Manfred Schuster, Ph.D., COO, APEIRON Biologics AG
Manfred Schuster studied Biochemistry and established during its PhD thesis an eukaryotic high throughput protein expression and purification system at the Genetics department of the Novartis Research Institute in cooperation with the University of Natural Resources and Applied Life Sciences, Vienna. He joined the start-up company Igeneon in early 2000 and developed as program manager a protein based cancer vaccine until phase III clinical trials. He was further responsible for the preclinical development of therapeutic monoclonal antibodies with enhanced effector functions with a special focus on glyco-engineering technologies. He works since seven years at Apeiron Biologics, a Vienna based biotechnology company as COO, QP and VP for research and development.
Allen Krantz, Ph.D., President & CEO, Advanced Proteome Therapeutics, Inc.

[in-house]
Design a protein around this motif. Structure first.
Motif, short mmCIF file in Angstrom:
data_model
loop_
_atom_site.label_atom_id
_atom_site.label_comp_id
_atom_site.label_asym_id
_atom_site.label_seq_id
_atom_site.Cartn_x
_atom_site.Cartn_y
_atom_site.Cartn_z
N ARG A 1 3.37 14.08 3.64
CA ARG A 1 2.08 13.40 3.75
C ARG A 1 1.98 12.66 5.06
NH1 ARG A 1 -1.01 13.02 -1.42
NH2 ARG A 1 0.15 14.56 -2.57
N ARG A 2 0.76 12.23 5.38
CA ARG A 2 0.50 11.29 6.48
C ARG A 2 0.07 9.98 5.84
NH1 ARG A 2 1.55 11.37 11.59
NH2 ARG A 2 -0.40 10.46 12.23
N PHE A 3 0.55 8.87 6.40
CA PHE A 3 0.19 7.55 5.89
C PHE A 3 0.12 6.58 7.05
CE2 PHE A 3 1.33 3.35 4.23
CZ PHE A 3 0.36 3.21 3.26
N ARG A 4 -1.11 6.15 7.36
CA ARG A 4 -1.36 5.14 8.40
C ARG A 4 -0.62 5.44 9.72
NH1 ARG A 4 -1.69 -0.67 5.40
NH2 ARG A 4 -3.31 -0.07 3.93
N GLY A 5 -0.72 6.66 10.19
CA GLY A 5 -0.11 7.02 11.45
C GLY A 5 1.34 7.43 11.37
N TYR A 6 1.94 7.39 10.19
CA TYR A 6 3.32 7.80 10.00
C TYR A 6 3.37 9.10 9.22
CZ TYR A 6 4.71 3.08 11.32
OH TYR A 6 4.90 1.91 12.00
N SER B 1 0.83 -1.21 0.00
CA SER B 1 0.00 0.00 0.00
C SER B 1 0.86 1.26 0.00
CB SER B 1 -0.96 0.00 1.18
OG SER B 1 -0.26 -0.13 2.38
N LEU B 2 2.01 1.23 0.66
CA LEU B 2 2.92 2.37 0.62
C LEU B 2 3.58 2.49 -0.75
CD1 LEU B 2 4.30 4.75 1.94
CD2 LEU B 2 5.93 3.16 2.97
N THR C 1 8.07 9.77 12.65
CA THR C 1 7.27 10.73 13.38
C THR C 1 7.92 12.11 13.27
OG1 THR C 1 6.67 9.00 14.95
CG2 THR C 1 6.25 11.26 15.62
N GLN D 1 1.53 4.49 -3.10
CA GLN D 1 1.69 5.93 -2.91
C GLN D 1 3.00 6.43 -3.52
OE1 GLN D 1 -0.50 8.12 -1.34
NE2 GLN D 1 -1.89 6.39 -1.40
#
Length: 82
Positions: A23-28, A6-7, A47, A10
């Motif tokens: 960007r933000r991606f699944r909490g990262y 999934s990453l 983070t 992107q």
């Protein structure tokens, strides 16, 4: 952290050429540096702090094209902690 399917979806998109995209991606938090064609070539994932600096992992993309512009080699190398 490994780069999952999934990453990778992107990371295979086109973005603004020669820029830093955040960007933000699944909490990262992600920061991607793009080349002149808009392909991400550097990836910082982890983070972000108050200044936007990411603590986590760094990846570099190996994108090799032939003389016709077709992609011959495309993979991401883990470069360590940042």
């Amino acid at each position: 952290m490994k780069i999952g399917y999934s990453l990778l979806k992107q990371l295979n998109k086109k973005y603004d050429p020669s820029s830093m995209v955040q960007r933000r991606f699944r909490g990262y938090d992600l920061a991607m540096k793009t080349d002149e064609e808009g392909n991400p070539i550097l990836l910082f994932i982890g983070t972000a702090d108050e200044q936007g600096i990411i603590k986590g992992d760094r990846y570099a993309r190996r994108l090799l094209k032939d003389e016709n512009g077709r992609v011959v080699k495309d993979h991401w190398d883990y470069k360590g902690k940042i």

Dr. Allen Krantz, from 1968 to 1974, was a member of the Faculty of Chemistry at Stony Brook University and from 1977 until 1982 also held an appointment in the Department of Pharmacological Sciences in the Medical School. From 1981 to 1994, Allen was Director, and then VP of Research at Syntex Canada as well as Distinguished Scientist, engaged in programs focused on enzymes as drug targets. From 1994 to 1997, Dr. Krantz served as Executive Vice President of Research at RedCell, Inc, as well as Directeur Scientifique of the French subsidiary (the forerunner of ConjuChem), and was responsible for transforming the company's program to a practical focal point on human serum albumin as a carrier of drugs. He is also a Founder of Pharmena North America Incorporated. Following short stints as EVP of the Research Foundation and Director of Patents and Licensing at the University of South Florida and then as Assistant Vice-Chancellor at UC Berkeley for University/Industry Liaison, Dr. Krantz established operations for Advanced Proteome Therapeutics Inc. in Boston. Dr. Krantz, a recognized expert in drug discovery and development, has 30 years of research and know-how dedicated to specific drug-targeting of proteins. He is an expert in the area of chemical modification of macromolecules, having developed several technology platforms which have been successfully applied to the selective modification of proteins.